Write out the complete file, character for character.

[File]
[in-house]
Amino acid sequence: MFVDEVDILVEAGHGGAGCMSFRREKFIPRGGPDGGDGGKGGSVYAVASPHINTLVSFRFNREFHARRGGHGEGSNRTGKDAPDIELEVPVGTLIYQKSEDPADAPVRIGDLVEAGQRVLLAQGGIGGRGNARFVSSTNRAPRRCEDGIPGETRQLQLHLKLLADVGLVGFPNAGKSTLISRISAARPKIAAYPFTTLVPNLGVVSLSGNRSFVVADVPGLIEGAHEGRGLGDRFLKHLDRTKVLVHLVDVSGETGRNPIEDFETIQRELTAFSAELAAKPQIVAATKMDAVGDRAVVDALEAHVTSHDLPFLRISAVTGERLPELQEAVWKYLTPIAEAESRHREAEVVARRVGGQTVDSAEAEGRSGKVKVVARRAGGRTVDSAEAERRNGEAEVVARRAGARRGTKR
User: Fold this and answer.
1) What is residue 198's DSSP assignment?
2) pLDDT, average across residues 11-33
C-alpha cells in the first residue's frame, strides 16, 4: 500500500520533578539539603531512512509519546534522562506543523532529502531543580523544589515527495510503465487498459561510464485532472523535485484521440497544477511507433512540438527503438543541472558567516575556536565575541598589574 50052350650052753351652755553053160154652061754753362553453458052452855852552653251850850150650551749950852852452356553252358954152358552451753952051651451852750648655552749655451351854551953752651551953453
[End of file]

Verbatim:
[in-house]
Amino acid sequence: MFVDEVDILVEAGHGGAGCMSFRREKFIPRGGPDGGDGGKGGSVYAVASPHINTLVSFRFNREFHARRGGHGEGSNRTGKDAPDIELEVPVGTLIYQKSEDPADAPVRIGDLVEAGQRVLLAQGGIGGRGNARFVSSTNRAPRRCEDGIPGETRQLQLHLKLLADVGLVGFPNAGKSTLISRISAARPKIAAYPFTTLVPNLGVVSLSGNRSFVVADVPGLIEGAHEGRGLGDRFLKHLDRTKVLVHLVDVSGETGRNPIEDFETIQRELTAFSAELAAKPQIVAATKMDAVGDRAVVDALEAHVTSHDLPFLRISAVTGERLPELQEAVWKYLTPIAEAESRHREAEVVARRVGGQTVDSAEAEGRSGKVKVVARRAGGRTVDSAEAERRNGEAEVVARRAGARRGTKR
User: Fold this and answer.
1) What is residue 198's DSSP assignment?
2) pLDDT, average across residues 11-33
C-alpha cells in the first residue's frame, strides 16, 4: 500500500520533578539539603531512512509519546534522562506543523532529502531543580523544589515527495510503465487498459561510464485532472523535485484521440497544477511507433512540438527503438543541472558567516575556536565575541598589574 50052350650052753351652755553053160154652061754753362553453458052452855852552653251850850150650551749950852852452356553252358954152358552451753952051651451852750648655552749655451351854551953752651551953453